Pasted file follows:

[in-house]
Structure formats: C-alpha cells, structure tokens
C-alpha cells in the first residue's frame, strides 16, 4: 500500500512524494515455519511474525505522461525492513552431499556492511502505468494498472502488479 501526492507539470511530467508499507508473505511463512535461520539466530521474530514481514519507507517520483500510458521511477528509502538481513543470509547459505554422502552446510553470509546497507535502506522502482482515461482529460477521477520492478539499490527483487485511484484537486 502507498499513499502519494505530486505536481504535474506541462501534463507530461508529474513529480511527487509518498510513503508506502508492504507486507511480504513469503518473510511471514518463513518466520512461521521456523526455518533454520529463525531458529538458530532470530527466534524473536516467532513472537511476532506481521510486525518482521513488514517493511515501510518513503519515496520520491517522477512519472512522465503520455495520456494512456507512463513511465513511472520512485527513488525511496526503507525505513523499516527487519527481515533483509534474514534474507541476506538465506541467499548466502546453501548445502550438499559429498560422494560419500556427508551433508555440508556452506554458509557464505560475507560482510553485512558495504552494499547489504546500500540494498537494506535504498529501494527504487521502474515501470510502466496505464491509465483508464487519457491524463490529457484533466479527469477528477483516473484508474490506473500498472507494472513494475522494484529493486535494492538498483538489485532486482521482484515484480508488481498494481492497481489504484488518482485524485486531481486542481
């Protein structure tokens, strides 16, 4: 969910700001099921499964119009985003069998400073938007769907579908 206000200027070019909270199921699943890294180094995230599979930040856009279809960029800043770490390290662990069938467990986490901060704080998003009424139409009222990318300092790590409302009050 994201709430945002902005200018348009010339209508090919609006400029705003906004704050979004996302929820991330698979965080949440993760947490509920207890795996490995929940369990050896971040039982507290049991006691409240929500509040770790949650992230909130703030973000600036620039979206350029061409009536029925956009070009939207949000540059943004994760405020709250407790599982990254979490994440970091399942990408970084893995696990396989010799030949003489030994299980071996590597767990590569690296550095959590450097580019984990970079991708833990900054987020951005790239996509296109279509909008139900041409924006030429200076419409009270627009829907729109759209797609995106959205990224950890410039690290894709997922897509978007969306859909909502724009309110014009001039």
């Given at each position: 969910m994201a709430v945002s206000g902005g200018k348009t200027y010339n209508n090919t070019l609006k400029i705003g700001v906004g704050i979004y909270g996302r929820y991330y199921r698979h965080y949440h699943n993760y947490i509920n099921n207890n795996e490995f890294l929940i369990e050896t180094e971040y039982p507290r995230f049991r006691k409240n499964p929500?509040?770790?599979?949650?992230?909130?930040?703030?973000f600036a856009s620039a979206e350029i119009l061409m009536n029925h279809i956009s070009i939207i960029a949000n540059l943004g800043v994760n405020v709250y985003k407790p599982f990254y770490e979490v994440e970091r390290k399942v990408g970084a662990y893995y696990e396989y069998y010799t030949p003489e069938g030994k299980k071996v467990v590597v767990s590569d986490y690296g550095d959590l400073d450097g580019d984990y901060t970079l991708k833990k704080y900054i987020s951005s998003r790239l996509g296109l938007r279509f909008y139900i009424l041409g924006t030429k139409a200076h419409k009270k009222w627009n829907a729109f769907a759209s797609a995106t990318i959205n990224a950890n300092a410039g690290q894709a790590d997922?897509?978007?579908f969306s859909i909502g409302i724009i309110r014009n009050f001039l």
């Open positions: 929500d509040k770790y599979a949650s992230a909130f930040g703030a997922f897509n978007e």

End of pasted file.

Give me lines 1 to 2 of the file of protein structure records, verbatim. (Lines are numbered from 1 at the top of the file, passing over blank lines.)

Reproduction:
[in-house]
Structure formats: C-alpha cells, structure tokens